Teach Me to Teach You

Today is Monday and the beginning of my fourth week of teaching.  It’s my first time teaching–I’ve led workshops and covered other people’s classes before, but it’s my first time actually running a class for a semester.  It’s… different than I thought it would be.  It’s harder to figure out how to make opportunities to build rapport.  It’s easier to talk in front of a class.  It’s harder to remember names and which class has said what.  It’s easier to make assignments and rubrics and such.

The biggest thing is the attendance and reading assignments.  I’m going to be giving my first quiz over reading next week because students weren’t doing the reading, and that makes me feel like an asshole (based on my old perspective as a student).  The thing is, though, as the teacher of a class everyone has to take, especially one with primarily students in their first semester, there’s just not really an alternative.  If I just grade them on the handful of essays and not on the day-to-day stuff, I’m not really teaching anything.  It’s extremely frustrating to prepare ideas for a discussion and then literally 80% of the class not doing the reading and us be unable to have a conversation about it.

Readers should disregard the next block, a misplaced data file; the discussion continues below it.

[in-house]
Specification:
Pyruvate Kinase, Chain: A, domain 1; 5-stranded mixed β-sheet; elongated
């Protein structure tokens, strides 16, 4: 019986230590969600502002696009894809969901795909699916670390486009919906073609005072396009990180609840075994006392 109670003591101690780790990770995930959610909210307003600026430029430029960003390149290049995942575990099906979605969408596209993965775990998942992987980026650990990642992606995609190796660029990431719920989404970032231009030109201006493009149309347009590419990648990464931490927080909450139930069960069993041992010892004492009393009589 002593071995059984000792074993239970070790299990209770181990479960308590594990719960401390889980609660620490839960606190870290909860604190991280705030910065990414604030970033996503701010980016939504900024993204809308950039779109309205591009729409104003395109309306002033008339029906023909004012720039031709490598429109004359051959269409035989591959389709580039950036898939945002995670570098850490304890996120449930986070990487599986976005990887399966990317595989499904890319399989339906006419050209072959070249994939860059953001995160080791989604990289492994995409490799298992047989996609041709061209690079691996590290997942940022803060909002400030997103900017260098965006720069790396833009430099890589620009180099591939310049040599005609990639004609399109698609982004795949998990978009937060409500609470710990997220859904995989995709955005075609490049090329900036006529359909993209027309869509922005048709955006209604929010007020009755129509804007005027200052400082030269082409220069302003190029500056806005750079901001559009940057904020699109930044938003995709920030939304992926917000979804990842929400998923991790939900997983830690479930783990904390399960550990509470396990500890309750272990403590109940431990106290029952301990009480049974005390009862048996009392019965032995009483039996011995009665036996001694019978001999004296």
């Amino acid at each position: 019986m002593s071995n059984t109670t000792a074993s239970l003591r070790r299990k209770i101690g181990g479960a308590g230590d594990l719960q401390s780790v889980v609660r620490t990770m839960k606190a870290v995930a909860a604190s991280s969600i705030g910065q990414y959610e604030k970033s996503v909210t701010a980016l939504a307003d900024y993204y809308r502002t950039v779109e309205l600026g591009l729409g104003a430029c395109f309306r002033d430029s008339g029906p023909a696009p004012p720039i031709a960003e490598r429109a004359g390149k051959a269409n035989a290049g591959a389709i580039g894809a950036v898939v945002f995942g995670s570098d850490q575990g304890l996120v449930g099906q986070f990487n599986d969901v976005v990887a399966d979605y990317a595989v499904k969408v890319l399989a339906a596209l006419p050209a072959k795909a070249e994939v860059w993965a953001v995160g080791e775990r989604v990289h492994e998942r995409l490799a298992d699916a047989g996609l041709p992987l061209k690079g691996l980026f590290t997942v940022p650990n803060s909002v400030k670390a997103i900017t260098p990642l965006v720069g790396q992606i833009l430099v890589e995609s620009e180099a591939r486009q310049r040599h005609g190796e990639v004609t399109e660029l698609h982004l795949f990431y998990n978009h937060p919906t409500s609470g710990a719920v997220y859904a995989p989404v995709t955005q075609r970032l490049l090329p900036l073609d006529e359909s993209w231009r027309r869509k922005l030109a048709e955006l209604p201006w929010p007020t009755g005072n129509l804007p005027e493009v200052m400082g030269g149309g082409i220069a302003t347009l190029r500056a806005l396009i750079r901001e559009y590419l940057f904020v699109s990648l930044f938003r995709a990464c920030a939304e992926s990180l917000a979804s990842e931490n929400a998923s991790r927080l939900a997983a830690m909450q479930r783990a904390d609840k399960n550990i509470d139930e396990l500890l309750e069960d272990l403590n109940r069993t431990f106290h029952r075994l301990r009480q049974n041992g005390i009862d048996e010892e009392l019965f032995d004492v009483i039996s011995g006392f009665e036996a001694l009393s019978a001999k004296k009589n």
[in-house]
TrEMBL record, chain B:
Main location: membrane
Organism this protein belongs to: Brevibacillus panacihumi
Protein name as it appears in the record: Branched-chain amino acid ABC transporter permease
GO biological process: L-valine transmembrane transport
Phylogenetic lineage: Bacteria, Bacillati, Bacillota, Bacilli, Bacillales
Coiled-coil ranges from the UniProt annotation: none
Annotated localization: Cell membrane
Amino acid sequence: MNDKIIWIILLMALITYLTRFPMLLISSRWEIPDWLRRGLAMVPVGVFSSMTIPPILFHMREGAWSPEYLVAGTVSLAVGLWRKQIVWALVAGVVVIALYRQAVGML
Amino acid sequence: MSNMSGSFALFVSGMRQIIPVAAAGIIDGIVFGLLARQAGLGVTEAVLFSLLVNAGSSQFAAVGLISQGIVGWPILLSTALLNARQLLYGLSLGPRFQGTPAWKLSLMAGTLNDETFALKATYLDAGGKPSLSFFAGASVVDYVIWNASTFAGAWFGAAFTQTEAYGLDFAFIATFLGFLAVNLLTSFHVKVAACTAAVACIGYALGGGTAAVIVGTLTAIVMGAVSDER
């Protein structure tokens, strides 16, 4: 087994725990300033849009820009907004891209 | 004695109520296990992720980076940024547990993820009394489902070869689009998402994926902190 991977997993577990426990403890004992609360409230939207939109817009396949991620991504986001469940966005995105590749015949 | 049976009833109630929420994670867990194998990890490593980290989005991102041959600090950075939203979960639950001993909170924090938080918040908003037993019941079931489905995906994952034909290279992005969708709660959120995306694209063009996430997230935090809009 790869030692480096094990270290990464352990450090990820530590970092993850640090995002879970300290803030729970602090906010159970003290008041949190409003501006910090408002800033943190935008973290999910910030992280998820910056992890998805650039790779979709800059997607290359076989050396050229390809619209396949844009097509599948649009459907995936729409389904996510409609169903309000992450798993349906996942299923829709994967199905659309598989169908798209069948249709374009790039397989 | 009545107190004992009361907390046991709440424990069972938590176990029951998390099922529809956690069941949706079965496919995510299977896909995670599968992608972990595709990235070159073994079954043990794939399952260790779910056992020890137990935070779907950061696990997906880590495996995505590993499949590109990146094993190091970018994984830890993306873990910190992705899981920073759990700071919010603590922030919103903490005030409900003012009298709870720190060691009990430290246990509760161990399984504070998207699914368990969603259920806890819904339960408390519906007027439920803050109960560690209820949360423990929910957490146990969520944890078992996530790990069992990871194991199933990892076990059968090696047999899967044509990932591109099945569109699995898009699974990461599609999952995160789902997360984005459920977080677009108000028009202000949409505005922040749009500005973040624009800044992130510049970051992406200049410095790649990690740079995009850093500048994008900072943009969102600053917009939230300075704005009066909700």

Of course, I’m not saying anything that teachers don’t already know.  I’m not saying anything that teachers haven’t already said to me.

I just never believed them.  And yes, maybe it’s true that if my bits of lecturing or classroom presence was a little bit more amazing that the students would be inspired to do the reading without coercion, but apparently I’m not at that level, so what’s the alternative?

I’m sure there’s a lot of motivational quotes out there for this situation, but I’ll close with TC Boyle reading Barthelme’s “The School.”


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